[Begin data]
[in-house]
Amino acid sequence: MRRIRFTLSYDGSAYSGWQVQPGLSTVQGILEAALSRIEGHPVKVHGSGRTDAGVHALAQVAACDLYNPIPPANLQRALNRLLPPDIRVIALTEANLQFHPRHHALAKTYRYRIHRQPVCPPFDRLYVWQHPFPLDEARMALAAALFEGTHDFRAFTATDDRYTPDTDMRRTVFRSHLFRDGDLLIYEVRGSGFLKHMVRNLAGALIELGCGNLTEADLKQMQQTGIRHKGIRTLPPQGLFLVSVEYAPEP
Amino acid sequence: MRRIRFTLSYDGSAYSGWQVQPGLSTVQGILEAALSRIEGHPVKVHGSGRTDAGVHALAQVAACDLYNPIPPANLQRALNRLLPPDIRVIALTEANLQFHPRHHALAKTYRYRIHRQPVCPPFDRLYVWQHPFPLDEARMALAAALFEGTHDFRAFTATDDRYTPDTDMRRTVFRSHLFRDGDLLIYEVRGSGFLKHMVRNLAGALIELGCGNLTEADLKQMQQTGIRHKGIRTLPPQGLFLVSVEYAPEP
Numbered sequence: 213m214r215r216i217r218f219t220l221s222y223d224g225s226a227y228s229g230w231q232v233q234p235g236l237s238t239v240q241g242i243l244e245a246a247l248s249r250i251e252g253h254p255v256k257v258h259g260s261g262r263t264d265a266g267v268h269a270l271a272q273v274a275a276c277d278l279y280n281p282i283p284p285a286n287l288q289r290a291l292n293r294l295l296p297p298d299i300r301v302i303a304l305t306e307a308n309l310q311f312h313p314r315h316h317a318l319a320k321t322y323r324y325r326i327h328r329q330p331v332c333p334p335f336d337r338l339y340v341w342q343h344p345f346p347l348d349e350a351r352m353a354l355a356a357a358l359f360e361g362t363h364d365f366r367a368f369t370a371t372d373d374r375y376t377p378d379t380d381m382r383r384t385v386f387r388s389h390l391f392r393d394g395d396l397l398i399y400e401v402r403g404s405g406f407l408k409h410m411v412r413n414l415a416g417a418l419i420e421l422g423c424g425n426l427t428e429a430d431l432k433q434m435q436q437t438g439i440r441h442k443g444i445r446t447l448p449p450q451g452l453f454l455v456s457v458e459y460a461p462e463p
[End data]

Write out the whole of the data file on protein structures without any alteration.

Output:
[in-house]
Amino acid sequence: MRRIRFTLSYDGSAYSGWQVQPGLSTVQGILEAALSRIEGHPVKVHGSGRTDAGVHALAQVAACDLYNPIPPANLQRALNRLLPPDIRVIALTEANLQFHPRHHALAKTYRYRIHRQPVCPPFDRLYVWQHPFPLDEARMALAAALFEGTHDFRAFTATDDRYTPDTDMRRTVFRSHLFRDGDLLIYEVRGSGFLKHMVRNLAGALIELGCGNLTEADLKQMQQTGIRHKGIRTLPPQGLFLVSVEYAPEP
Amino acid sequence: MRRIRFTLSYDGSAYSGWQVQPGLSTVQGILEAALSRIEGHPVKVHGSGRTDAGVHALAQVAACDLYNPIPPANLQRALNRLLPPDIRVIALTEANLQFHPRHHALAKTYRYRIHRQPVCPPFDRLYVWQHPFPLDEARMALAAALFEGTHDFRAFTATDDRYTPDTDMRRTVFRSHLFRDGDLLIYEVRGSGFLKHMVRNLAGALIELGCGNLTEADLKQMQQTGIRHKGIRTLPPQGLFLVSVEYAPEP
Numbered sequence: 213m214r215r216i217r218f219t220l221s222y223d224g225s226a227y228s229g230w231q232v233q234p235g236l237s238t239v240q241g242i243l244e245a246a247l248s249r250i251e252g253h254p255v256k257v258h259g260s261g262r263t264d265a266g267v268h269a270l271a272q273v274a275a276c277d278l279y280n281p282i283p284p285a286n287l288q289r290a291l292n293r294l295l296p297p298d299i300r301v302i303a304l305t306e307a308n309l310q311f312h313p314r315h316h317a318l319a320k321t322y323r324y325r326i327h328r329q330p331v332c333p334p335f336d337r338l339y340v341w342q343h344p345f346p347l348d349e350a351r352m353a354l355a356a357a358l359f360e361g362t363h364d365f366r367a368f369t370a371t372d373d374r375y376t377p378d379t380d381m382r383r384t385v386f387r388s389h390l391f392r393d394g395d396l397l398i399y400e401v402r403g404s405g406f407l408k409h410m411v412r413n414l415a416g417a418l419i420e421l422g423c424g425n426l427t428e429a430d431l432k433q434m435q436q437t438g439i440r441h442k443g444i445r446t447l448p449p450q451g452l453f454l455v456s457v458e459y460a461p462e463p